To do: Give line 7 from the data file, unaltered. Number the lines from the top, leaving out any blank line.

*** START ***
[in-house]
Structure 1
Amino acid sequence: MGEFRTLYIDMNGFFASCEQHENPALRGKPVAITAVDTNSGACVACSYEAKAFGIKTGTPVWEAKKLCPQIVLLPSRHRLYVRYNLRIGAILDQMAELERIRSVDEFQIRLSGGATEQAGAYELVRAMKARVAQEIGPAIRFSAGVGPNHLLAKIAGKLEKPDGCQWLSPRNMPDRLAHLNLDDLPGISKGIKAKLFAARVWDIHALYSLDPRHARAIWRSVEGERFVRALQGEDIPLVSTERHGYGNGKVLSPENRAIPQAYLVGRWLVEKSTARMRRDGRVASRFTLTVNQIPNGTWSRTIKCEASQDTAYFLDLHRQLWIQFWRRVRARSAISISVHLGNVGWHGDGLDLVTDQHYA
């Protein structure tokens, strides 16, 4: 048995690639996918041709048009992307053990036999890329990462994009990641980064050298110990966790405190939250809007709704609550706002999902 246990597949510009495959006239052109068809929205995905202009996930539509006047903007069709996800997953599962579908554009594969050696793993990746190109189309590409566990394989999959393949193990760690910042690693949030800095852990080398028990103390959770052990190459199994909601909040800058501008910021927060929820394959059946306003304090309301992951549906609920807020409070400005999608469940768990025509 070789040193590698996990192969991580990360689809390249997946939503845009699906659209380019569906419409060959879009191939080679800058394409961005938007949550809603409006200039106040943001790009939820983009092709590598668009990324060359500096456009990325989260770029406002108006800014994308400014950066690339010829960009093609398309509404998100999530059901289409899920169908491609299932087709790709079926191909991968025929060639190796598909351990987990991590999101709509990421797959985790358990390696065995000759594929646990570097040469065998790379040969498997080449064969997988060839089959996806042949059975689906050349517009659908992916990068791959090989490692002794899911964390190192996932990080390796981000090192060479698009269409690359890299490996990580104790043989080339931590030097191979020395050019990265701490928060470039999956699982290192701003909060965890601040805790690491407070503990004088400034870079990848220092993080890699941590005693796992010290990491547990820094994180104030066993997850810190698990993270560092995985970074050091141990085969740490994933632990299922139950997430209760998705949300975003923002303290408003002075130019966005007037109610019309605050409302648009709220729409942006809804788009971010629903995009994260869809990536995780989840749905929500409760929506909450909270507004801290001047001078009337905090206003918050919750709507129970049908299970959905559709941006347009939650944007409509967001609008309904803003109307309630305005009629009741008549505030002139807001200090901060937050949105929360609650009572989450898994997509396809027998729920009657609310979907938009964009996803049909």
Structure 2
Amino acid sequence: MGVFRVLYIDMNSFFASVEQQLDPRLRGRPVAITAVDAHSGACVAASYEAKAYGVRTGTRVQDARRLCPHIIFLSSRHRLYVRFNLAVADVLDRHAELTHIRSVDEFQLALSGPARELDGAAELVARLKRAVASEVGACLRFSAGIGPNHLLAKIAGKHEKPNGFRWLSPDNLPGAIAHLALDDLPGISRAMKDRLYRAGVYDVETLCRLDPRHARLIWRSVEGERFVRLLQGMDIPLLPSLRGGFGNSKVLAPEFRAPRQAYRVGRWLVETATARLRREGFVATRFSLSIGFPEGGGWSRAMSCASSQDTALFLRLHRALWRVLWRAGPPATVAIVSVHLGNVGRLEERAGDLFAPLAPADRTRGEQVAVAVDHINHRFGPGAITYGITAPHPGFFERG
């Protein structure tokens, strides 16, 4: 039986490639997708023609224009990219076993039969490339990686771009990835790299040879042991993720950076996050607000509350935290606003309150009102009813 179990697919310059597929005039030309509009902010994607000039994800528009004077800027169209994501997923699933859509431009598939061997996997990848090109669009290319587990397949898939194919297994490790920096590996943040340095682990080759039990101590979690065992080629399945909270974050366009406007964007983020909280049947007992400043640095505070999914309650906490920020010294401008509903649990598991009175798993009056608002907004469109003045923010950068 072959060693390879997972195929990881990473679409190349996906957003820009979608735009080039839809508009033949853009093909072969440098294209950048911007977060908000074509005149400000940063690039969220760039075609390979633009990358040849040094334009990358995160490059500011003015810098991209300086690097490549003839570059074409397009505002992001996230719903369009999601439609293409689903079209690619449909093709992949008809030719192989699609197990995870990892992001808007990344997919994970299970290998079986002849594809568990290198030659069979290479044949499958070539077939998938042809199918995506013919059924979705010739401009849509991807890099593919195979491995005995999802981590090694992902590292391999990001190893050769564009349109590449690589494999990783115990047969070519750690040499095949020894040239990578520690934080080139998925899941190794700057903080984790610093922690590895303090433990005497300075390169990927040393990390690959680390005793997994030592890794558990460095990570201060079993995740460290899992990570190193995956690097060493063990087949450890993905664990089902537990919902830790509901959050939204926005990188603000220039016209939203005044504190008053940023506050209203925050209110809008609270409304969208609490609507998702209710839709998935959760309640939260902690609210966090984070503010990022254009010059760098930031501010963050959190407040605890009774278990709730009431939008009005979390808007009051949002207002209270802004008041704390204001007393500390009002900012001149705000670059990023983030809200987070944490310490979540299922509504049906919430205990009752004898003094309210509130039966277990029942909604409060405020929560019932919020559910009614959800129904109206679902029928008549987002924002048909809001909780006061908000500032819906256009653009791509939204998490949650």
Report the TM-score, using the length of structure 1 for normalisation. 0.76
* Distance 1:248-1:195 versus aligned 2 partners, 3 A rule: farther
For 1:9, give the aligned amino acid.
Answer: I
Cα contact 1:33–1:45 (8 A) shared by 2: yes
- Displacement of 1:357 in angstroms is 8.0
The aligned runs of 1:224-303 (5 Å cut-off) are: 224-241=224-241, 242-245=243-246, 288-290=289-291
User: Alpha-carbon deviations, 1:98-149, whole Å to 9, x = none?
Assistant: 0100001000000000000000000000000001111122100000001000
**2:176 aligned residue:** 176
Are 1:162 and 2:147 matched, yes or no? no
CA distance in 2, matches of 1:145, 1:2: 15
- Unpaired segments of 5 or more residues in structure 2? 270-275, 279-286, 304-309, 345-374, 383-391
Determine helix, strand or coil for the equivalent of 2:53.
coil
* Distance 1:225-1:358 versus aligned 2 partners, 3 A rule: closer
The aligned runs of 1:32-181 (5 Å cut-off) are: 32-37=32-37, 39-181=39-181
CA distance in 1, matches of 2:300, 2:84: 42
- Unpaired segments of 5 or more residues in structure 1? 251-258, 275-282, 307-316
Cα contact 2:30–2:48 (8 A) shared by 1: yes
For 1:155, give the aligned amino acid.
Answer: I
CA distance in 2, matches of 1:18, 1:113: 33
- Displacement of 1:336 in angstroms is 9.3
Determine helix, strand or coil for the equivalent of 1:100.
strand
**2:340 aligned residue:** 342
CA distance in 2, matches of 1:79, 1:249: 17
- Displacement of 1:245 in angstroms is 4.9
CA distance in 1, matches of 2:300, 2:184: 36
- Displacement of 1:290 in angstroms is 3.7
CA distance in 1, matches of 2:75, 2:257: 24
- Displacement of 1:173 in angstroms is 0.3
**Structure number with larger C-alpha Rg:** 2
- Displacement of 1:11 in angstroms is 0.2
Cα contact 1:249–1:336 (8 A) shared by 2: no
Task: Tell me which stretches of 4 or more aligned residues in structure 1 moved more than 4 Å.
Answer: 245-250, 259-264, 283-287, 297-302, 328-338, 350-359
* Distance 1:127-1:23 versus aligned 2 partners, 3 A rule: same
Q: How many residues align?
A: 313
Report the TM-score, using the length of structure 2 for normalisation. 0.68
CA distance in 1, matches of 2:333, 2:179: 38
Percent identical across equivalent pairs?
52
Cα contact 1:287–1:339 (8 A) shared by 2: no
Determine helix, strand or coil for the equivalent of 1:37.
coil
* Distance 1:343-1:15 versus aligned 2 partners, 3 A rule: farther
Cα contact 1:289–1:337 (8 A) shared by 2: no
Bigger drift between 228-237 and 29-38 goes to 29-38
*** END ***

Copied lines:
């Protein structure tokens, strides 16, 4: 039986490639997708023609224009990219076993039969490339990686771009990835790299040879042991993720950076996050607000509350935290606003309150009102009813 179990697919310059597929005039030309509009902010994607000039994800528009004077800027169209994501997923699933859509431009598939061997996997990848090109669009290319587990397949898939194919297994490790920096590996943040340095682990080759039990101590979690065992080629399945909270974050366009406007964007983020909280049947007992400043640095505070999914309650906490920020010294401008509903649990598991009175798993009056608002907004469109003045923010950068 072959060693390879997972195929990881990473679409190349996906957003820009979608735009080039839809508009033949853009093909072969440098294209950048911007977060908000074509005149400000940063690039969220760039075609390979633009990358040849040094334009990358995160490059500011003015810098991209300086690097490549003839570059074409397009505002992001996230719903369009999601439609293409689903079209690619449909093709992949008809030719192989699609197990995870990892992001808007990344997919994970299970290998079986002849594809568990290198030659069979290479044949499958070539077939998938042809199918995506013919059924979705010739401009849509991807890099593919195979491995005995999802981590090694992902590292391999990001190893050769564009349109590449690589494999990783115990047969070519750690040499095949020894040239990578520690934080080139998925899941190794700057903080984790610093922690590895303090433990005497300075390169990927040393990390690959680390005793997994030592890794558990460095990570201060079993995740460290899992990570190193995956690097060493063990087949450890993905664990089902537990919902830790509901959050939204926005990188603000220039016209939203005044504190008053940023506050209203925050209110809008609270409304969208609490609507998702209710839709998935959760309640939260902690609210966090984070503010990022254009010059760098930031501010963050959190407040605890009774278990709730009431939008009005979390808007009051949002207002209270802004008041704390204001007393500390009002900012001149705000670059990023983030809200987070944490310490979540299922509504049906919430205990009752004898003094309210509130039966277990029942909604409060405020929560019932919020559910009614959800129904109206679902029928008549987002924002048909809001909780006061908000500032819906256009653009791509939204998490949650």